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Old 10-27-2010, 04:05 PM   #1
mending73
LQ Newbie
 
Registered: Sep 2009
Posts: 4

Rep: Reputation: 0
TCP / UDP File Transfer in C or C++


I need to create a program that has both a server and a client and can transmit PDF and text files between the two using UDP as the underlying carrier while behaving as if it is TCP. We have successfully created a UDP program that can simply transmit strings, but we are not really sure on how to transform this code to do files. We know that we need to use a buffer of some sort to transmit the file in pieces. If anyone can provide us with some help to figure out this program it would be greatly appreciated.


Code:
//dg_cli.c
#include "unp.h"
#include "sys/socket.h"
#include "string.h"
#include "stdio.h"
#include "stdlib.h"
#include "arpa/inet.h"
#include "netdb.h"
#include "sys/file.h"
#include "sys/types.h"

void dg_cli(FILE *fp, int sockfd, const SA *pservaddr, so
{
        int n;
        char sendline[MAXLINE], recvline[MAXLINE + 1];

        while (fgets(sendline, MAXLINE, fp) != NULL) {

        sendto(sockfd, sendline, strlen(sendline), 0, pse

        n = recvfrom(sockfd, recvline, MAXLINE, 0, NULL,

        recvline[n] = 0;        /* null terminate */
        fputs(recvline, stdout);
        }
}
Code:
//dg_echo.c
#include "unp.h"
#include "sys/socket.h"
#include "string.h"
#include "stdio.h"
#include "stdlib.h"
#include "arpa/inet.h"
#include "netdb.h"
#include "sys/file.h"

void dg_echo(int sockfd, SA *pcliaddr, socklen_t clilen)
{
        int                     n;
        socklen_t       len;
        char            mesg[MAXLINE];

        for ( ; ; ) {
                len = clilen;
                n = recvfrom(sockfd, mesg, MAXLINE, 0, pcliaddr, &len);

                sendto(sockfd, mesg, n, 0, pcliaddr, len);
        }
}
Code:
//udpcli01.c
#include "unp.h"
#include "sys/socket.h"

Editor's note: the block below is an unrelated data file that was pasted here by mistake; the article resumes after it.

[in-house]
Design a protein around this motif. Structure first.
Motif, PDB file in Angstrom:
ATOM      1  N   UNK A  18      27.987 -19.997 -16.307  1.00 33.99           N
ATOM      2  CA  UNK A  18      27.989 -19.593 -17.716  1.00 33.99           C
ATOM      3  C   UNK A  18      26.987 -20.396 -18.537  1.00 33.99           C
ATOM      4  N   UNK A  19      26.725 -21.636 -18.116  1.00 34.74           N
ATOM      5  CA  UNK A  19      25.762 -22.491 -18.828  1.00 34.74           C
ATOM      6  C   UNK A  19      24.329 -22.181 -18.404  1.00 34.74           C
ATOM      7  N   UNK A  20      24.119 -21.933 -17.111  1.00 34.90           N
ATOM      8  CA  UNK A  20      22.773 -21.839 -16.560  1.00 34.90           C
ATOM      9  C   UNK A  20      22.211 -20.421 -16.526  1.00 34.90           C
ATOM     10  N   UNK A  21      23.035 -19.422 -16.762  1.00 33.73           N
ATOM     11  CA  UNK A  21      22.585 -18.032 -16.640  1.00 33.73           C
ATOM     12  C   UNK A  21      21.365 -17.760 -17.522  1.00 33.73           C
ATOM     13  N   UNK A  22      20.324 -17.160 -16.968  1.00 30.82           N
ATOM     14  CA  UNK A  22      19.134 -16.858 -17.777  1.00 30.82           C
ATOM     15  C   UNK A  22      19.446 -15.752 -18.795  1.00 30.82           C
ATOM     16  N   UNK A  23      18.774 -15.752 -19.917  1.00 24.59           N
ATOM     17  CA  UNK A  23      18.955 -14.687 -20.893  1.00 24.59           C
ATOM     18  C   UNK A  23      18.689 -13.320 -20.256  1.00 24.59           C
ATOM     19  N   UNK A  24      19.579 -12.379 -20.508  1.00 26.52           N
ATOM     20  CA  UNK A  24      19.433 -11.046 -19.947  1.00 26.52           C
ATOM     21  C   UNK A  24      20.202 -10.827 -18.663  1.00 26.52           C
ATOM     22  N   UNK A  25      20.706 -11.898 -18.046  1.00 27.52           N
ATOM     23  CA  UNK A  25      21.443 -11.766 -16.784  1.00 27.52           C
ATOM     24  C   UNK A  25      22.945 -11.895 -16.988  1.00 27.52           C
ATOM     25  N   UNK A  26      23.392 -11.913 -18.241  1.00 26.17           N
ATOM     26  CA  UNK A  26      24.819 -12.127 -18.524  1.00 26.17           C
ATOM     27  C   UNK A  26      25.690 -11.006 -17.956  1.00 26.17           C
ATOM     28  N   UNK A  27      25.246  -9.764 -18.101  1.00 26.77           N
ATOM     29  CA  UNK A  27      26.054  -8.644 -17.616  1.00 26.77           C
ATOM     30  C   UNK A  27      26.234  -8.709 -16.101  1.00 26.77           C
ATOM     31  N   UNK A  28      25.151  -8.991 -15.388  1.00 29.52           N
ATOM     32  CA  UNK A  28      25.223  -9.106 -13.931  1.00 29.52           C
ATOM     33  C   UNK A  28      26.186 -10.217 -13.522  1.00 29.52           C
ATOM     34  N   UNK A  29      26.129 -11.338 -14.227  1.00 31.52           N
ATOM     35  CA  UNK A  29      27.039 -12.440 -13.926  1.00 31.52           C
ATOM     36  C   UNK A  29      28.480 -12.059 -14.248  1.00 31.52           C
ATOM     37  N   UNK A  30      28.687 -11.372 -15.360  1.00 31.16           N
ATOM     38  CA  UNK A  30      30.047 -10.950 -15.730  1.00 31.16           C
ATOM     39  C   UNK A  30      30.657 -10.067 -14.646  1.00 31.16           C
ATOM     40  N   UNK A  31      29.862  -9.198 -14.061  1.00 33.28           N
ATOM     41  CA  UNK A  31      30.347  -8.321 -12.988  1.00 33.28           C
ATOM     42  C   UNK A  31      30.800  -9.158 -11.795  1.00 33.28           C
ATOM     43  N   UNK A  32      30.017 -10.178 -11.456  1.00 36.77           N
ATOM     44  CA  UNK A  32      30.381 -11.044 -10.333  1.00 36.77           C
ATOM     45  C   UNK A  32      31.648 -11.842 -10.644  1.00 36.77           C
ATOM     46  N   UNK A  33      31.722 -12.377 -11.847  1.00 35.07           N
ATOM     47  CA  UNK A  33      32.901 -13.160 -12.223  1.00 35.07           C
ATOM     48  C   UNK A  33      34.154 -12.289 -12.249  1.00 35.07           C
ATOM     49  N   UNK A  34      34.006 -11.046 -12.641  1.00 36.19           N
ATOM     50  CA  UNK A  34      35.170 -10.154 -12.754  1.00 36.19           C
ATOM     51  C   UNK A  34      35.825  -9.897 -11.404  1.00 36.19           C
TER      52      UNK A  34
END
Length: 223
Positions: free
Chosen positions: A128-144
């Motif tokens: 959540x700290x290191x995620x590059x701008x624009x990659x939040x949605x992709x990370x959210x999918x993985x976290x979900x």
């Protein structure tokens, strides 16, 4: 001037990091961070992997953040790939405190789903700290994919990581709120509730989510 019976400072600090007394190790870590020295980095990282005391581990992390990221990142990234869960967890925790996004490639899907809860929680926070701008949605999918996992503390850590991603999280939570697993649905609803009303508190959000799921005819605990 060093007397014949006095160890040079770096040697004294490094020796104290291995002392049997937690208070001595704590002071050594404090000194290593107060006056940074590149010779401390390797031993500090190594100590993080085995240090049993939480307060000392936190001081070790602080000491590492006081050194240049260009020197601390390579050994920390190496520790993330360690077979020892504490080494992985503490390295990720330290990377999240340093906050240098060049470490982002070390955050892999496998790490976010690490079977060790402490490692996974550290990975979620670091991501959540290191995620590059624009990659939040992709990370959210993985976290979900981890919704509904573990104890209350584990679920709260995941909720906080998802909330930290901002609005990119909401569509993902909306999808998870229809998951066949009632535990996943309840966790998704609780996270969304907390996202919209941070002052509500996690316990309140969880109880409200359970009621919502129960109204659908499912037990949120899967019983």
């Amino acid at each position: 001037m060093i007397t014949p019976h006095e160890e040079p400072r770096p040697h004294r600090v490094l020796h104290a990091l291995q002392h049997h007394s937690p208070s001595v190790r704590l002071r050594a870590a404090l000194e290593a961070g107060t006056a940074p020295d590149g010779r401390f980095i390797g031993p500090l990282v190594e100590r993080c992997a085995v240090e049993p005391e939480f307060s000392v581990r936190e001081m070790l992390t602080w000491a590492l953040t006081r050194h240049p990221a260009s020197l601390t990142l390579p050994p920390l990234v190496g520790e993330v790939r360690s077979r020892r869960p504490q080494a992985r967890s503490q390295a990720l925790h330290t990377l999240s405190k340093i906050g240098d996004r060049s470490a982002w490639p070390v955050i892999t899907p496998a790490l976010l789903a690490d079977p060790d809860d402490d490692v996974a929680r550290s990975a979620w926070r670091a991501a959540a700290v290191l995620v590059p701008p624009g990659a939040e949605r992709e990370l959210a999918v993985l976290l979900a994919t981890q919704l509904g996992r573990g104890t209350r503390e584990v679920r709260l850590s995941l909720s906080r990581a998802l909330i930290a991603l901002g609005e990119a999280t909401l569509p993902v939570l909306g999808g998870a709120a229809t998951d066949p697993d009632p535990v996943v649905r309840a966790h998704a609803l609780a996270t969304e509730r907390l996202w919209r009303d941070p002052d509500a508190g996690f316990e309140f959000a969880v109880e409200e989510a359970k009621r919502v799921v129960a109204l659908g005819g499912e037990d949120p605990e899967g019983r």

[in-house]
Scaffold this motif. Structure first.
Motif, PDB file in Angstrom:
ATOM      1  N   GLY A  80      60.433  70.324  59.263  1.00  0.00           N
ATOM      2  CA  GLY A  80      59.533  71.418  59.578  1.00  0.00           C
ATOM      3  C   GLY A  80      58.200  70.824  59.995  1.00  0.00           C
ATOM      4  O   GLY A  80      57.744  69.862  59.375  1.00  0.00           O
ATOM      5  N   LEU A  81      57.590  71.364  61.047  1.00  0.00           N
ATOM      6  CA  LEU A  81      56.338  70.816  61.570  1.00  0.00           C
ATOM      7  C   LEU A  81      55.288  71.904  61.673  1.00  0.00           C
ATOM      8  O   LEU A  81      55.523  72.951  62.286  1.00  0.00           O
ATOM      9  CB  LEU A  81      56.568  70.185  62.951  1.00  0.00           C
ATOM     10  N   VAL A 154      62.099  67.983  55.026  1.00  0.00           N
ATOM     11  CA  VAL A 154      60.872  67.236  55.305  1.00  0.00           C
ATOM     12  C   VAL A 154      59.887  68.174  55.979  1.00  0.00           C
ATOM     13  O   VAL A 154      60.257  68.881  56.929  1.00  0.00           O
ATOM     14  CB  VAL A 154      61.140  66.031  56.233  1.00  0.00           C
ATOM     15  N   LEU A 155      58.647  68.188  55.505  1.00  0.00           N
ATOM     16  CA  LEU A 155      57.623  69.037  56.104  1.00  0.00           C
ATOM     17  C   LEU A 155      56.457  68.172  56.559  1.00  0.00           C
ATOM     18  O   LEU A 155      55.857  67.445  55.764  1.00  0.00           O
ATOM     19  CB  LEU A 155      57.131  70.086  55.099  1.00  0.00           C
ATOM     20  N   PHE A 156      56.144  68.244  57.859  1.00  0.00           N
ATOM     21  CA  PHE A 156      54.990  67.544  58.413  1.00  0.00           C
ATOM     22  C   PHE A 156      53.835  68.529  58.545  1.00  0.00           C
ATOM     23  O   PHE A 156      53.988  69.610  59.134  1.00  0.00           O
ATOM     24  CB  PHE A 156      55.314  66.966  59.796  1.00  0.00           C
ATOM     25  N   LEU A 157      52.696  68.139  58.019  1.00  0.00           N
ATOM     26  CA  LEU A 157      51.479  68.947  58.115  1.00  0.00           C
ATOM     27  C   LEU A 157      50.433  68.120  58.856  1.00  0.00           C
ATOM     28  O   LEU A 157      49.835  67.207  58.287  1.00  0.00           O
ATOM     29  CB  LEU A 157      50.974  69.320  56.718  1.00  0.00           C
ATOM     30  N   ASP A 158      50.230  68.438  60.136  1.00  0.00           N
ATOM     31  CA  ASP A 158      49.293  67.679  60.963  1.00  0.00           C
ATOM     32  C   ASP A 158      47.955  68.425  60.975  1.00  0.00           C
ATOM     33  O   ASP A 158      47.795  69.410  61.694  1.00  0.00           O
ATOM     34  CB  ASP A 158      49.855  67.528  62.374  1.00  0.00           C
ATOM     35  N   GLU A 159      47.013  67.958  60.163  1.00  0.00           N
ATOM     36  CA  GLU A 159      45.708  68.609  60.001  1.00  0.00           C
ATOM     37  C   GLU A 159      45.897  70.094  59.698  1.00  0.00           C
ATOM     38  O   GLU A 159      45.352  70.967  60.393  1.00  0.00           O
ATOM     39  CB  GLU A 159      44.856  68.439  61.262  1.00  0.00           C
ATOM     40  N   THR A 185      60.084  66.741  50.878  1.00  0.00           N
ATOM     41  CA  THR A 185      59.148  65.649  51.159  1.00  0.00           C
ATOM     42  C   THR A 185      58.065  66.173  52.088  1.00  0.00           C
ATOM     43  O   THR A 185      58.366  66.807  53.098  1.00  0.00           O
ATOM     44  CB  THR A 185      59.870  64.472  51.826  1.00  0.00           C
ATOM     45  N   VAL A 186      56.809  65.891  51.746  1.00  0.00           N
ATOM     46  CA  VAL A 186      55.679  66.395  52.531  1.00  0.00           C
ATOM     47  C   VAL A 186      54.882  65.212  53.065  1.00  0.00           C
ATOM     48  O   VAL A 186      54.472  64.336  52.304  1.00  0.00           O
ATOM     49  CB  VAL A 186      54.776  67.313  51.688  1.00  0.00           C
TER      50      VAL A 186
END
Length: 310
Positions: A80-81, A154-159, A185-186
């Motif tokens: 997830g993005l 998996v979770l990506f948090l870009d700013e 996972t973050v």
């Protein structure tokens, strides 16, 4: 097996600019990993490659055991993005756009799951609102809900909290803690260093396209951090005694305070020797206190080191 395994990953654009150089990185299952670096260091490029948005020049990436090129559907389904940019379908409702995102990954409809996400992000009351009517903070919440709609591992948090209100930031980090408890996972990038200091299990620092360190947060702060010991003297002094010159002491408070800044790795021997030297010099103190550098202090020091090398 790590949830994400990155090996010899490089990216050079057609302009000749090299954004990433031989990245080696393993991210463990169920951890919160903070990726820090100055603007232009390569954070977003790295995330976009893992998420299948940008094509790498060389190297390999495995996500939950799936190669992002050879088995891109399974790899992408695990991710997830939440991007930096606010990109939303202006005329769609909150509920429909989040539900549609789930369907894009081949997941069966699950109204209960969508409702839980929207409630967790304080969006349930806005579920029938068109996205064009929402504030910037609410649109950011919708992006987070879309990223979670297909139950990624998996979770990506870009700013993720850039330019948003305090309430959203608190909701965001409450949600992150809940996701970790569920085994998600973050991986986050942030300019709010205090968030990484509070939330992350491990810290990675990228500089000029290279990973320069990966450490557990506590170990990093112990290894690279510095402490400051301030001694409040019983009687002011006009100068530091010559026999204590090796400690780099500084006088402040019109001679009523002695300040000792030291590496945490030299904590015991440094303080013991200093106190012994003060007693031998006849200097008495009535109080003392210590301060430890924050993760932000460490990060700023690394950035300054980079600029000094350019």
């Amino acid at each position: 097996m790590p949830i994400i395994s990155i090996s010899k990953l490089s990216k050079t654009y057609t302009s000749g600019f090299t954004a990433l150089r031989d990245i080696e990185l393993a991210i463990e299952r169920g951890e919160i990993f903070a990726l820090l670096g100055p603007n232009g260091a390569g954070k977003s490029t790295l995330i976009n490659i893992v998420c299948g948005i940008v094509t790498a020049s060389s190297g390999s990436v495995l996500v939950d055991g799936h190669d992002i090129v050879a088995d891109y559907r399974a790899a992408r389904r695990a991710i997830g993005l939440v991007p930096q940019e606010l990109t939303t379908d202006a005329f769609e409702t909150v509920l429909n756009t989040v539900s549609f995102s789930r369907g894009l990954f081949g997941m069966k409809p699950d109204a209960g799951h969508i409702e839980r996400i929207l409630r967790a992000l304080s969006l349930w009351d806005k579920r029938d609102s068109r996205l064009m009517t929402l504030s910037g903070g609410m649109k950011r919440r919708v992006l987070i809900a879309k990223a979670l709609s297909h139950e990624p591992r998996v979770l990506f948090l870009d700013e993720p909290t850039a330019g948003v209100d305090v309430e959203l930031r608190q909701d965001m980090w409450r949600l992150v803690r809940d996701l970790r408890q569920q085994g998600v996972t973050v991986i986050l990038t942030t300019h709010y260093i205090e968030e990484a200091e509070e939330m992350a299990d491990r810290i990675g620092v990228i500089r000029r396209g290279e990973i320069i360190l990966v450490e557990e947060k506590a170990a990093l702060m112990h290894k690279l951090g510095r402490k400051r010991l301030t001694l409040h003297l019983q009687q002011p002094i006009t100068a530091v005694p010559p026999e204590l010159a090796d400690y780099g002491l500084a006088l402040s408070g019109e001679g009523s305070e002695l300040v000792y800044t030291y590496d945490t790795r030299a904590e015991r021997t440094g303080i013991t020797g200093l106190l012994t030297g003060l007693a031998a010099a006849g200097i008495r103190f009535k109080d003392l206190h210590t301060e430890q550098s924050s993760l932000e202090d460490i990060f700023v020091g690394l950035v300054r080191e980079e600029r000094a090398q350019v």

#include "string.h"
#include "stdio.h"
#include "stdlib.h"
#include "arpa/inet.h"
#include "netdb.h"

int
main(int argc, char **argv)
{
  int sockfd;
  struct sockaddr_in    servaddr;

  if (argc != 2)
  {
    fputs("usage: udpcli <IPaddress>", stderr);
    exit(0);
  }
  bzero(&servaddr, sizeof(servaddr));
  servaddr.sin_family = AF_INET;
  servaddr.sin_port = htons(SERV_PORT);
  inet_pton(AF_INET, argv[1], &servaddr.sin_addr);

  sockfd = socket(AF_INET, SOCK_DGRAM, 0);

  dg_cli(stdin, sockfd, (SA *) &servaddr, sizeof(servaddr));

  exit(0);
}
Code:
//udpserv01.c
#include "unp.h"
#include "sys/socket.h"
#include "string.h"
#include "stdio.h"
#include "stdlib.h"
#include "arpa/inet.h"
#include "netdb.h"

int
main(int argc, char **argv)
{
  int                                   sockfd;
  struct sockaddr_in  servaddr, cliaddr;

  sockfd = socket(AF_INET, SOCK_DGRAM, 0);

  bzero(&servaddr, sizeof(servaddr));
  servaddr.sin_family      = AF_INET;
  servaddr.sin_addr.s_addr = htonl(INADDR_ANY);
  servaddr.sin_port        = htons(SERV_PORT);

  bind(sockfd, (SA *) &servaddr, sizeof(servaddr));

  dg_echo(sockfd, (SA *) &cliaddr, sizeof(cliaddr));
}
Code:
//unp.h
#include "sys/socket.h"
#include <stdio.h>

#define MAXLINE 4096
/* max text line length */

#define SERV_PORT 9877
#define SA struct sockaddr

void dg_cli(FILE *, int, const SA *, socklen_t);
void dg_echo(int, SA *, socklen_t);

Last edited by mending73; 10-27-2010 at 04:55 PM. Reason: easier to read
 
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Old 10-27-2010, 05:53 PM   #2
JohnGraham
Member
 
Registered: Oct 2009
Posts: 467

Rep: Reputation: 138Reputation: 138
Quote:
Originally Posted by mending73 View Post
...using UDP as the underlying carrier while behaving as if it is TCP.

We know that we need to use a buffer of some sort to transmit the file in pieces.
Basically, what would turn UDP into a TCP-like protocol would be making sure that all the data gets there, and in the correct order. If some of the data doesn't get there (e.g. someone pulls a network cable) you should know that it's failed. Duplicate packets should be discarded and dropped packets should be sent again (or, in a simpler model, the receiver can simply take that as a failure - at least it knows it's failed).

So, it sounds like the bare minimum you need to do is this:
  1. Establish a session. Before you start sending any actual data, send a packet saying how much data you're going to transmit in total, and any other information the receiving end might need.
  2. For each packet, give some sort of indication of what part of the overall data it contains. At a bare minimum, a fixed-width (e.g. 2 byte) integer at the start of the packet to denote the sequence number of the packet will do - the first has 0, the second has 1 and so on. This way, the receiving end knows if packets are duplicated/missing/out of order.

The above two points are fairly essential. Additionally, you might want to have some way for the receiving end to request retransmission of some/all of the packets (the other option would be to just fail if any of the packets are missing). Also, acknowledgement that the receiving end is prepared to receive the data (by sending an ack to the initial packet and/or each incoming packet) can be given.
 
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